Hearing the sweet songs of an endangered species is music to a scientist's ear
New York City — The word "nature" is to New York City what "snow" is to Phoenix. For New Yorkers, particularly Manhattanites, it's not out of the norm to stroll down several blocks without seeing a single tree. Heck, in Times Square I once overheard a tour guide greet tourists with "welcome to the concrete jungle!"
For the above reason, New Yorkers are fascinated to hear tales about sightings of humpback whales. As for "hearing" and humpbacks, apparently our fellow mammals love to sing in the shower just as much as we do. Scientists, in response, started tracking whale songs to detect whenever they visit.
Julia Zeh, a doctoral candidate at Syracuse University, analyzed over 6,000 hours of underwater recordings captured by Cornell scientists. Zeh says she couldn’t believe her ears. “All of a sudden there in the background, it starts kind of quiet and then gets louder. I was so excited to hear it!”
As for why Zeh, and other scientists, sound more excited to hear male humpback whales sing than Bieber's fans before the concert starts, perhaps the reason lies in appreciation. (Only male humpback whales sing.)
There's an old saying in science that goes: the greater the known, the greater the judgment! In other words, scientists know whales are special, in particular to us — their fellow mammals. And just like us, whales are smart and have large brains. Speaking of "large," chew on this:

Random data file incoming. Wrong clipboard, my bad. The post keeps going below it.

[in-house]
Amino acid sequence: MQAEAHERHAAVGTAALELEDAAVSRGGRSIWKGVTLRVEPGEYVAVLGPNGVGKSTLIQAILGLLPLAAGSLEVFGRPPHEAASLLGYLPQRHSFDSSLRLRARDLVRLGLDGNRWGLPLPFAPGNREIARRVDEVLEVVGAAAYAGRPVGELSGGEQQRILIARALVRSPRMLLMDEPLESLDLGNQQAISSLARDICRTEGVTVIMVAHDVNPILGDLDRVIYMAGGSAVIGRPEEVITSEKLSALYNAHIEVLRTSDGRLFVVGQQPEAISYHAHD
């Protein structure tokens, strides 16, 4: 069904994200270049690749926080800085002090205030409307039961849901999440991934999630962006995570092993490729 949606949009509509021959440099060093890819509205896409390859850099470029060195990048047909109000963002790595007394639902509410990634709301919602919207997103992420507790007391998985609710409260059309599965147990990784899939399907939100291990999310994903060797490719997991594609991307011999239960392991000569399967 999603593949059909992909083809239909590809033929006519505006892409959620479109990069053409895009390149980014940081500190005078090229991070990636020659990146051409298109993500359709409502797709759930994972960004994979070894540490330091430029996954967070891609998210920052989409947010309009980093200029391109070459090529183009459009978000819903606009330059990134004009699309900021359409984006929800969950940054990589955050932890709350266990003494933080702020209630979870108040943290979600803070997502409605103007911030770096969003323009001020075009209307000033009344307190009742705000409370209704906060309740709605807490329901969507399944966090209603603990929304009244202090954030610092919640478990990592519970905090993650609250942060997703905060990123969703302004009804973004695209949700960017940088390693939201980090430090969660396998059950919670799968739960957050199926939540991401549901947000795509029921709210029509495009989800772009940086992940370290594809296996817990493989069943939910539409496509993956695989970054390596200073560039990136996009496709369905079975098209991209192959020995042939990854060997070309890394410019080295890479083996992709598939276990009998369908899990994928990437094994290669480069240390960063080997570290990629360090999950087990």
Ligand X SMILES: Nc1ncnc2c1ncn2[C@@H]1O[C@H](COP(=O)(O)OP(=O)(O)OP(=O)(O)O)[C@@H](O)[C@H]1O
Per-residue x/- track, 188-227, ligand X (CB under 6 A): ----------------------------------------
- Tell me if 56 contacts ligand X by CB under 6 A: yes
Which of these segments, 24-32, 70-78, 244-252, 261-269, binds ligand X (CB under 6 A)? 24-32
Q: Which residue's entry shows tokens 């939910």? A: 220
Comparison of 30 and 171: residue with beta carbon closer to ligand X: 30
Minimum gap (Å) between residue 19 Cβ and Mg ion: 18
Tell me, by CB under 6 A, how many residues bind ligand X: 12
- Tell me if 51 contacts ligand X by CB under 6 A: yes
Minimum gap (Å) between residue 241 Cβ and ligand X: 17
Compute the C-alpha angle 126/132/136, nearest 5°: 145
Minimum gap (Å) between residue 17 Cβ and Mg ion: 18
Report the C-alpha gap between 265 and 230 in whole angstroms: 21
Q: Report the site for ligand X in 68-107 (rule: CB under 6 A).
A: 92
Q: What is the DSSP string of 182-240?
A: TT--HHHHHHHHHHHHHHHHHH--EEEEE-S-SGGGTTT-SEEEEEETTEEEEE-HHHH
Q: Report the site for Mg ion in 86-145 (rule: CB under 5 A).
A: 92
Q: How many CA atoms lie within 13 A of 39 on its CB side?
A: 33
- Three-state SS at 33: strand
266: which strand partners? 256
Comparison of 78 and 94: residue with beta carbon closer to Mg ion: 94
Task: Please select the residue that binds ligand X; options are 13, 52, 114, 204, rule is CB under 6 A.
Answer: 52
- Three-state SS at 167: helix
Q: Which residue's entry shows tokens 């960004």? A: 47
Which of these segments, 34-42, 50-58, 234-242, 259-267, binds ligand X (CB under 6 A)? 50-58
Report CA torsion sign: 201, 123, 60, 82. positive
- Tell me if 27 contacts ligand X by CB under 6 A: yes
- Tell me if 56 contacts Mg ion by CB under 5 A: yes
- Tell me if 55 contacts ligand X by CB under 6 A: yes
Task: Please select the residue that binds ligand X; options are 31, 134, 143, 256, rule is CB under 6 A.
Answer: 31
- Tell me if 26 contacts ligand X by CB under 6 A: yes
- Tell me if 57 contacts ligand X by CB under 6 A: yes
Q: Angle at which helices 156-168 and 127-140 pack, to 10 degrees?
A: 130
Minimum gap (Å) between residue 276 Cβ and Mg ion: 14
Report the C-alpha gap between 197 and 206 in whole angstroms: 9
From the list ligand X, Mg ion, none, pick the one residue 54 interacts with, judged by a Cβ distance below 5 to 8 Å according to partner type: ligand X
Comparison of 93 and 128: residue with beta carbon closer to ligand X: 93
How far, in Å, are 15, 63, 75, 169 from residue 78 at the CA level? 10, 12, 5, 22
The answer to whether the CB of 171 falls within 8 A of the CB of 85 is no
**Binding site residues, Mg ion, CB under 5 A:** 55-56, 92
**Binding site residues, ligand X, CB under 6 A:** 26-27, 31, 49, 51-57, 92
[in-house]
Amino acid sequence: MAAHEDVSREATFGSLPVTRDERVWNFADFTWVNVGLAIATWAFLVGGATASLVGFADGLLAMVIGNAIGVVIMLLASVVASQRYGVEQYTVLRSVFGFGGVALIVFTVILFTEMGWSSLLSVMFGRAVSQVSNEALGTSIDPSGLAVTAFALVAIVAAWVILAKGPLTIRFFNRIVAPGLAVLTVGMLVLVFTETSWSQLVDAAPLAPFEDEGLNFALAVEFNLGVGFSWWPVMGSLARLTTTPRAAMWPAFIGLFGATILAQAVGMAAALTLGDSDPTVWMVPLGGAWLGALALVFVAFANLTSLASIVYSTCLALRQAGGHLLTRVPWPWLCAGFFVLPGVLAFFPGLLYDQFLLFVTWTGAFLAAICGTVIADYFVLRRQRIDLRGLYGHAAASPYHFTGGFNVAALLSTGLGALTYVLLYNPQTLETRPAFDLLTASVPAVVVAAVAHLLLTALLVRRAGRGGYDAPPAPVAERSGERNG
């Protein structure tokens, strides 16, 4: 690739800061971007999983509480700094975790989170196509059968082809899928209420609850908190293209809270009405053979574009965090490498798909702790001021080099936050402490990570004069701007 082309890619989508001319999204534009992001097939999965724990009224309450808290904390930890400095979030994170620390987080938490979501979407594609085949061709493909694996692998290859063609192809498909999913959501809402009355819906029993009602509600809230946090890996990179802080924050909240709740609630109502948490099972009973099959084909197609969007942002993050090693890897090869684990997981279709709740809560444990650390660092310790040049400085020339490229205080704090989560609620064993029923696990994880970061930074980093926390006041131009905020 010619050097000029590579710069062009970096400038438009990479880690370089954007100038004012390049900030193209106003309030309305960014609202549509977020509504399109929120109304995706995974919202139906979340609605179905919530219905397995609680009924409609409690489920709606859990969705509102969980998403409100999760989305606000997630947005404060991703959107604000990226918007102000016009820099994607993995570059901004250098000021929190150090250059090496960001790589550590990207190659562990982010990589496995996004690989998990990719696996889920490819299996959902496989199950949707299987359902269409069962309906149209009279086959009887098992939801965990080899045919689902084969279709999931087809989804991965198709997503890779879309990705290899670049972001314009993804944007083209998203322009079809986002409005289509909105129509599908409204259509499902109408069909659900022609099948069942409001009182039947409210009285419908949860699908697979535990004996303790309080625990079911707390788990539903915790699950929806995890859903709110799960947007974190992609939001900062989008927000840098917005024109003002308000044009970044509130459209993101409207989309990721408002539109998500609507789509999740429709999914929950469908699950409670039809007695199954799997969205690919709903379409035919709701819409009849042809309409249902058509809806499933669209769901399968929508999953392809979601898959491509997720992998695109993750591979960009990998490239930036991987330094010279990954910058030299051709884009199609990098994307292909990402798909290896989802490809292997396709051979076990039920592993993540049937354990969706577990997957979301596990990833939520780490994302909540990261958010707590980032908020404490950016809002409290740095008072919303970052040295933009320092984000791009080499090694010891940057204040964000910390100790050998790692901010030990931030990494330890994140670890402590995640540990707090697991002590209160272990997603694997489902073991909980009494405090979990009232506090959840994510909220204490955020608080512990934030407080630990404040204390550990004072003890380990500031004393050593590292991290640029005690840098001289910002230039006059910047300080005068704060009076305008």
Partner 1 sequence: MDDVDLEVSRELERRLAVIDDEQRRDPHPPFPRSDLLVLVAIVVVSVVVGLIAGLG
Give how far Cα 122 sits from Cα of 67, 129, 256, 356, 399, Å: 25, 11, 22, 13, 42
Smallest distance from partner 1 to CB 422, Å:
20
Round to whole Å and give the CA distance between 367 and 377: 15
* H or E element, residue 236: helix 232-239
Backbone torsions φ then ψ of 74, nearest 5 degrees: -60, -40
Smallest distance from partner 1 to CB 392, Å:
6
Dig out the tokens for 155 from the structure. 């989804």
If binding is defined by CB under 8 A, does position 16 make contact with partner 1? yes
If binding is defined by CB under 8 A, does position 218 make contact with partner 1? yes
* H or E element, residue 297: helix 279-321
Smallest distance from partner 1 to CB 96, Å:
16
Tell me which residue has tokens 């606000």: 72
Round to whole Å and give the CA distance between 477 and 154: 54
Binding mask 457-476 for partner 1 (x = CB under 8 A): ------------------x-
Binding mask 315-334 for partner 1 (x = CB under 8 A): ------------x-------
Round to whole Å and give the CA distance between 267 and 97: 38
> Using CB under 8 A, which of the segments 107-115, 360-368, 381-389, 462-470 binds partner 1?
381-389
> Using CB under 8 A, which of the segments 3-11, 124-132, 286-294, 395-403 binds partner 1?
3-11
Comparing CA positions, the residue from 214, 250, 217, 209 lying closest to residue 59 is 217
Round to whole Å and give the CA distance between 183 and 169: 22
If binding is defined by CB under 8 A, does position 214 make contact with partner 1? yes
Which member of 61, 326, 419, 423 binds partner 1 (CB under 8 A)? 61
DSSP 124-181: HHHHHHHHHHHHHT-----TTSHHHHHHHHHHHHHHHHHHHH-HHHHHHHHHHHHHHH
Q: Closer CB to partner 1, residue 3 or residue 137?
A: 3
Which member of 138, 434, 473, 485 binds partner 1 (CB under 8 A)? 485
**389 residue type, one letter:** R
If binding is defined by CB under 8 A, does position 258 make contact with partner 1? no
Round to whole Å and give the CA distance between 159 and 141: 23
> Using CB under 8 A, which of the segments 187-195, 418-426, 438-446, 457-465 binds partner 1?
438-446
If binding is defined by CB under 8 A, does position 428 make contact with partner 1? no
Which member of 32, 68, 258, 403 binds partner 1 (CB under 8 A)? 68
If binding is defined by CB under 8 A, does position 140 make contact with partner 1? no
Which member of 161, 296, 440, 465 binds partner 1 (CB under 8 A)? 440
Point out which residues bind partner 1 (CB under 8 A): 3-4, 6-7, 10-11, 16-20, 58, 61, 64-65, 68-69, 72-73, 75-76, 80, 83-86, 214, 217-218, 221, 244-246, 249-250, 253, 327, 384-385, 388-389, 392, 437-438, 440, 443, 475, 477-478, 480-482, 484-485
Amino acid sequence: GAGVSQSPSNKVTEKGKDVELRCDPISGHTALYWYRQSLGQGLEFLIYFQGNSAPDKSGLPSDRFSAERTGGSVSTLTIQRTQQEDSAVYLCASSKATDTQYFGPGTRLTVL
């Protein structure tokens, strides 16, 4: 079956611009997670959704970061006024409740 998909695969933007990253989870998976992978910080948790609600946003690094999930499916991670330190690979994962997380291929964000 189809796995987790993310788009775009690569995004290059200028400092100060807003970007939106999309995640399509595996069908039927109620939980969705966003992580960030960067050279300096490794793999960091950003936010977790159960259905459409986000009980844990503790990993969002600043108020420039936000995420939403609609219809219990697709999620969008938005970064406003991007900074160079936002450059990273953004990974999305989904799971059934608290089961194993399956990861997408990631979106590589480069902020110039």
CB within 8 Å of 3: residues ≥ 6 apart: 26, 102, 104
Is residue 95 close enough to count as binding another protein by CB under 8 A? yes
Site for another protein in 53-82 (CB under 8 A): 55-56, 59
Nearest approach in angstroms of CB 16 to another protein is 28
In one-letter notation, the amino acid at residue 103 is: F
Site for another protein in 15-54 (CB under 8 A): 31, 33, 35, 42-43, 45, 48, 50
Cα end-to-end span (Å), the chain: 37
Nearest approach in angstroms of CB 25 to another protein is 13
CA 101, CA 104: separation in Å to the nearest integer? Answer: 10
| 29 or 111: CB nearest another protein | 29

In the earth's 4.5 billion years of existence, whales are the biggest creatures of all.
Those humpbacks singing near the Big Apple can grow as large as 50 feet and weigh up to 70,000 pounds. Like standing beneath the Empire State Building, appreciation for the sheer size is enough to fill most with wonder. No wonder scientists are delighted to hear humpbacks singing near the concrete jungle.
But there's one more reason scientists appreciate hearing from our fellow mammals: like most whales, humpbacks are on the endangered species list.
From overfishing to pollution, whales have been clinging to life for quite a while now. In particular, commercial whaling has been disastrous for whale populations. There's even been cause for concern for the giant humpbacks spotted near the concrete jungle.
Due to how busy NYC's commercial waters are, they pose a major threat to an endangered species. Because no matter how massive humpbacks are, not even they can withstand being crashed into by ships made of steel.
“We’ve had whales playing in the channel before, and some pretty close encounters with some cargo ships," said Mitchell Steinhardt, a concerned naturalist.
Scientists hope by studying these whales’ songs they can help protect humpbacks in this region of the Atlantic. Sometimes we humans forget in nature’s economy the currency isn't money, it's life. "We don't own the planet Earth, we belong to it," Steve Irwin once said. "And we must share it with our wildlife."
Perhaps what we call humpbacks' singing is a "cry for help," merely asking us to lend an ear to fellow mammals. In short, whale watcher Cody Geil best summed up why scientists are so excited to hear from our giant fellow mammals:
The more people get to interact with them, they become real, and you care more.